Heard of Aardvark? Google recently acquired the company for $50 million and will, no doubt, do something amazing with it. But it really doesn’t have very far to go. Aardvark is already an outstanding service, and I can only imagine what Google will do with it. In my mind, it is a great companion for Google Buzz, on which users can follow each other and share information—and even save their location if they use Buzz on a cell phone with GPS, so “Nearby” users can answer questions from people in their area.

Aardvark is a cross between Google Buzz/Twitter and Google the search engine. It is, in effect, a social search engine. One simply has to ask a question and wait for an answer from a knowledgeable user—or, vice versa, answer a question if he/she knows the answer. Aardvark is a way to search without knowing exactly what to look for (i.e., in Google or some other search engine). Aardvark describes itself as “a new kind of tool that lets you tap into the knowledge and experience of friends and friends-of-friends.” All users have to do is set up their areas of expertise and interest when setting up their accounts. From time to time, depending on their settings, they will receive a question to try to answer if they want to do so, and they can also ask questions to be answered.

I haven’t done the greatest job explaining this, so here’s an example. I used Aardvark the other night while making biscuits from a pre-made batch of baking powder biscuits that I got for Christmas. Previously, when I mixed up some of the batter and baked it, I thought the final product tasted too baking powdery. I thought it could have been that the biscuit mix had too much baking powder in it, but I wondered if there was another reason.

So I asked Aardvark. One can ask a question via the website, the iPhone app, e-mail, Twitter, or even IM (I have my GMail Instant Messaging account set up for Aardvark). This time, I chose the iPhone route, since I was in the kitchen. I got 4 responses within minutes.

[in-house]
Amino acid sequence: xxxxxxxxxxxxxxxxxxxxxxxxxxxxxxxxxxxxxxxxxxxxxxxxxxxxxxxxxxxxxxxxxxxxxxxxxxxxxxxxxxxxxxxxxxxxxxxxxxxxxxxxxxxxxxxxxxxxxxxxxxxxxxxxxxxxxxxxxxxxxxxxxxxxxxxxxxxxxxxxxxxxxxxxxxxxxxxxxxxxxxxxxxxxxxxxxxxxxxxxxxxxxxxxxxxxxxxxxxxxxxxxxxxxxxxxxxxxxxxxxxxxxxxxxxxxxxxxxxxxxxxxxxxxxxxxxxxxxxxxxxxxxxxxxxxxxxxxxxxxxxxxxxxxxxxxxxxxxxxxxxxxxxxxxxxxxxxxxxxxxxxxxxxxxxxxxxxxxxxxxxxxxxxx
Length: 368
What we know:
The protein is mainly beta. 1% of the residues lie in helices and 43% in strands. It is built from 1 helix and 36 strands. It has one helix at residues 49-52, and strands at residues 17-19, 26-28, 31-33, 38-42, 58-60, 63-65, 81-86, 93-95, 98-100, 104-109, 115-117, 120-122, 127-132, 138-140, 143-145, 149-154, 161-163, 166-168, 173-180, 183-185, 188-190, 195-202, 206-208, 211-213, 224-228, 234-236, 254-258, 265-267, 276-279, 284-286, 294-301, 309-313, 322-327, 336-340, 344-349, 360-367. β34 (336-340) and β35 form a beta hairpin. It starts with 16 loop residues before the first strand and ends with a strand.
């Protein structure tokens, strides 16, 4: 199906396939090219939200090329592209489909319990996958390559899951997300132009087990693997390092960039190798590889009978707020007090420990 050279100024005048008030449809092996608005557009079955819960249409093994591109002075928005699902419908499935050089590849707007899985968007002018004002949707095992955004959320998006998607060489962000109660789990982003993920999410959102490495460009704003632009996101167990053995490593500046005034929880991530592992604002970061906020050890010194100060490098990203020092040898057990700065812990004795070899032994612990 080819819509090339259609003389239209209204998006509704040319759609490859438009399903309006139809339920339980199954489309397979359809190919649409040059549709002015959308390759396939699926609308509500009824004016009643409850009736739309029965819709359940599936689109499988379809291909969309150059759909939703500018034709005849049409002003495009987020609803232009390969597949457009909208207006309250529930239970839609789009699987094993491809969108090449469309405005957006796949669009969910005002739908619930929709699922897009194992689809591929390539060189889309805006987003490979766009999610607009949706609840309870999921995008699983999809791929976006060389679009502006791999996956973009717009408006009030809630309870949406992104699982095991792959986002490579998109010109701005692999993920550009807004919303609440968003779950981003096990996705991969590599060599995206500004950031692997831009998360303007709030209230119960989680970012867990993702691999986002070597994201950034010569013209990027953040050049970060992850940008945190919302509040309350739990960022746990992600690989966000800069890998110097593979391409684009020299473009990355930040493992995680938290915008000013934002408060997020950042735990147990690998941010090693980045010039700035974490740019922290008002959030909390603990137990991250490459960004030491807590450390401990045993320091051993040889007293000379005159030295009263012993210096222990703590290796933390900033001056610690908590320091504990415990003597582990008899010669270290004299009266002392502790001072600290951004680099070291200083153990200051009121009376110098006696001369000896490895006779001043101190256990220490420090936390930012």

I asked, “Is there any way to lessen the taste of baking powder in baking powder biscuits? They also [sic; it’s supposed to say “always”…my bad!] seem kind of…bitter, I guess.

I got the following in response:

1) “Many baking powders contain aluminum, which can give a bitter taste. You might consider trying an aluminum-free baking powder.

You can find a list of aluminum-free baking powders at http://bowlofplenty.blogspot.com/2009/02/baking-powder_16.html#aluminum.” –Jonathan P.

2) “Aluminum-free baking powder http://www.culinate.com/articles/features/baking_powder.” –Timothy N.

3) “The only time I get that problem is when I add too much. Double-check your recipe?” –‘Lin L.

4) “Make sure you are using a baking powder that contains calcium phosphate (like Rumford or Clabber Girl)–they are less bitter. Also, I add a couple of teaspoons of sugar to mine.” –Pamela J.

Granted, not all of this was helpful to me at the time, because the biscuits were pre-mixed, in a jar, but I did try adding a little sugar, and I added a tiny bit more flour as well. When I make my own biscuit mix, in the future, I’ll try to find some aluminum-free baking powder.

Thanks for the tips, Aardvark! 🙂

I also asked about the durability of a TiVo and whether or not it is worth it to buy the lifetime subscription (used to be $200, now it’s $400 because of HD capabilities, I believe). I got several great, objective responses, and now, I’m thinking of buying a TiVo with a lifetime subscription, instead of paying monthly for it. Assuming it lasts longer than about 3 years (most people said they’ve had theirs since 2000 and that they’re still working but that they’ve replaced the hard drive once or twice, which is normal), I’ll end up paying less than if I paid monthly. Plus, it’s possible to transfer the lifetime subscription to a new TiVo in extreme cases. I’ll have to wait a while, but I know now that a TiVo would be a good option for me. Maybe sometime in the next year, I’ll go for it.

I also want to get a new digital camera. I had originally wanted to get the Nikon D5000 with 2 VR lenses, which would be around $800-$900, but since I’m also looking at a TiVo (which would be about $399 for the HD-capable machine with a good-size hard drive plus $399 for the subscription), I’m thinking of going with a point-and-shoot. It would be cheaper and smaller, so I could take it around with me, whereas with the Nikon I’d only use it for special occasions and photography projects since its more cumbersome to carry around. I’m not advanced enough for that yet anyway. The Canon Powershot S90 looks fantastic, and it would help me ease myself into “prosumer” photography. It’s a point-and-shoot/DSLR hybrid. It has manual features but is small and light. I’ve heard great things about it. And it’s only about $400. While I preferred to stick to Nikon for lens compatibility (my current camera, a Coolpix 3200, is Nikon), if I’m getting a camera that can’t even change lenses, I might as well go with the best one I can find. One rule of thumb I’ve heard is buy Nikon for DSLR cameras (the big nice ones with multiple lenses) and Canon for point-and-shoots.

So far, I agree. I’m considering getting the Canon point-and-shoot sometime this year and maybe getting the Nikon in a few years, once I’ve gotten more used to the “prosumer” category and can justify the cost.

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